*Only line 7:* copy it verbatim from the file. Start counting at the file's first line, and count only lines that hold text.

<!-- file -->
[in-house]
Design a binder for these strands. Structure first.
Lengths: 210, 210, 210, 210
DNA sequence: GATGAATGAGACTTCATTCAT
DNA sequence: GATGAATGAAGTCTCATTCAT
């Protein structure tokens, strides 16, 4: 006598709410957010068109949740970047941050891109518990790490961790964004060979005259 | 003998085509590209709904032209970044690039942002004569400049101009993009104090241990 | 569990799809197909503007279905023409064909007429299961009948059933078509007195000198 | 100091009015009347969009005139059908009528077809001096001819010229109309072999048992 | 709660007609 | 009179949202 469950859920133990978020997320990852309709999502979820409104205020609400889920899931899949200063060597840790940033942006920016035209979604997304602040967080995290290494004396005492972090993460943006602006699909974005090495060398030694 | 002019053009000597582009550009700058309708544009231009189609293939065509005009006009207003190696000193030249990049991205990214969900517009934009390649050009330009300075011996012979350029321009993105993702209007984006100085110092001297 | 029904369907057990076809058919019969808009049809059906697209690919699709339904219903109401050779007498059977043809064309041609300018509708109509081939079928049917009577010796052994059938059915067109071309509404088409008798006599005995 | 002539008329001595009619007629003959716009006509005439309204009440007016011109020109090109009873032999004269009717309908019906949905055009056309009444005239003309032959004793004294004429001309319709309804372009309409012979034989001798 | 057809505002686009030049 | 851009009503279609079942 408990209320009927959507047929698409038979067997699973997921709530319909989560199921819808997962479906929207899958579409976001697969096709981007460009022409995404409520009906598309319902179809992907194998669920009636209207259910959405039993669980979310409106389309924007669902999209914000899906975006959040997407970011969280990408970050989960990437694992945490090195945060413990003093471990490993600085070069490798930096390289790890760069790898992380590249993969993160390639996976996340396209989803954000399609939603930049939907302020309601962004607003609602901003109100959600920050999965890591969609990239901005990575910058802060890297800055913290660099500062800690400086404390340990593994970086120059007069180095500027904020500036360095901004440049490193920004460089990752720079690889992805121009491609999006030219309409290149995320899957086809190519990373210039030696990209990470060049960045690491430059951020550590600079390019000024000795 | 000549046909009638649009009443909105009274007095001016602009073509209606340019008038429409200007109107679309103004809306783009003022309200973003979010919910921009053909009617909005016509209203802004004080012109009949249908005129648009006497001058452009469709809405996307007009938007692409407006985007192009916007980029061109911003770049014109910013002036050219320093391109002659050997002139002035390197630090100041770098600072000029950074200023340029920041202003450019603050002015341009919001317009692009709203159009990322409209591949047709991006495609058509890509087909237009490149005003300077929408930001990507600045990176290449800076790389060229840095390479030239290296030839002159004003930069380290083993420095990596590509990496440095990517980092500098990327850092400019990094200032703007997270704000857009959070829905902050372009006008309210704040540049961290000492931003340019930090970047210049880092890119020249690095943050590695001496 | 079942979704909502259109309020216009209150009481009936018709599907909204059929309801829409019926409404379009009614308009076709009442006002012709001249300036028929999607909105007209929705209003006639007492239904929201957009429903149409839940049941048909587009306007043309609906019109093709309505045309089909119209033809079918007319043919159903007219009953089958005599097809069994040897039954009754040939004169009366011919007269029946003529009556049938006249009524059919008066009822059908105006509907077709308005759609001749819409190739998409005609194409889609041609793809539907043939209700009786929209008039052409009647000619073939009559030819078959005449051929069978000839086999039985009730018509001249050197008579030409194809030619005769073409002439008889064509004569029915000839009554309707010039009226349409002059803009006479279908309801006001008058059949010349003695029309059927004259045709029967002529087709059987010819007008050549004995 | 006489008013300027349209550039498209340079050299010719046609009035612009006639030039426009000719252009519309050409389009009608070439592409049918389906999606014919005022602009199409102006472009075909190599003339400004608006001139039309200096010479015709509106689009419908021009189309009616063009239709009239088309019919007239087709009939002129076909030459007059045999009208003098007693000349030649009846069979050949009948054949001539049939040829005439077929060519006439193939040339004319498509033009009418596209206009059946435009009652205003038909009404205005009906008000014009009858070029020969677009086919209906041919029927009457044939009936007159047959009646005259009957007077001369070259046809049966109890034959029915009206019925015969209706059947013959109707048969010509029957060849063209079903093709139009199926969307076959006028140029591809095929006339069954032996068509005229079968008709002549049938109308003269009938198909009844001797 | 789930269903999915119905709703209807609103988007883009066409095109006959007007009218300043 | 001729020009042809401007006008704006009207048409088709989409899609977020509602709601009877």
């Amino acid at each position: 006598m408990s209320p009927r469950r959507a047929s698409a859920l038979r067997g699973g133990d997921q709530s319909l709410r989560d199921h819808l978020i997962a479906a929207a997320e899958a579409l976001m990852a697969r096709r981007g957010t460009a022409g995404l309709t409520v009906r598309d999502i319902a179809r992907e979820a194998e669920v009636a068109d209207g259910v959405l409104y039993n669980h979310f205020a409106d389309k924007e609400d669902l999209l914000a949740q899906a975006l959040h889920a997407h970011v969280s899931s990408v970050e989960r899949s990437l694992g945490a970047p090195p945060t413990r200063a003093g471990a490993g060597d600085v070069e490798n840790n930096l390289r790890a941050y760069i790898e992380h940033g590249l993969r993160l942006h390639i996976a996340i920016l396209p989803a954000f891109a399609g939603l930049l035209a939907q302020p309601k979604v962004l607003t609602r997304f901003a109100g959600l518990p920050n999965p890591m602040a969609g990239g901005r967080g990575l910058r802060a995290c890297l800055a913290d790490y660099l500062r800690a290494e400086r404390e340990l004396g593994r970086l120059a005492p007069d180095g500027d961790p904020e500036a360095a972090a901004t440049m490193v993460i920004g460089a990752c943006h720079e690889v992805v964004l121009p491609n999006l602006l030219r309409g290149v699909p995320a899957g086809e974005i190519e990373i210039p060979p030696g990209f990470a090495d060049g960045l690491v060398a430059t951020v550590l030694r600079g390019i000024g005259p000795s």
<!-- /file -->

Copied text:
């Amino acid at each position: 006598m408990s209320p009927r469950r959507a047929s698409a859920l038979r067997g699973g133990d997921q709530s319909l709410r989560d199921h819808l978020i997962a479906a929207a997320e899958a579409l976001m990852a697969r096709r981007g957010t460009a022409g995404l309709t409520v009906r598309d999502i319902a179809r992907e979820a194998e669920v009636a068109d209207g259910v959405l409104y039993n669980h979310f205020a409106d389309k924007e609400d669902l999209l914000a949740q899906a975006l959040h889920a997407h970011v969280s899931s990408v970050e989960r899949s990437l694992g945490a970047p090195p945060t413990r200063a003093g471990a490993g060597d600085v070069e490798n840790n930096l390289r790890a941050y760069i790898e992380h940033g590249l993969r993160l942006h390639i996976a996340i920016l396209p989803a954000f891109a399609g939603l930049l035209a939907q302020p309601k979604v962004l607003t609602r997304f901003a109100g959600l518990p920050n999965p890591m602040a969609g990239g901005r967080g990575l910058r802060a995290c890297l800055a913290d790490y660099l500062r800690a290494e400086r404390e340990l004396g593994r970086l120059a005492p007069d180095g500027d961790p904020e500036a360095a972090a901004t440049m490193v993460i920004g460089a990752c943006h720079e690889v992805v964004l121009p491609n999006l602006l030219r309409g290149v699909p995320a899957g086809e974005i190519e990373i210039p060979p030696g990209f990470a090495d060049g960045l690491v060398a430059t951020v550590l030694r600079g390019i000024g005259p000795s």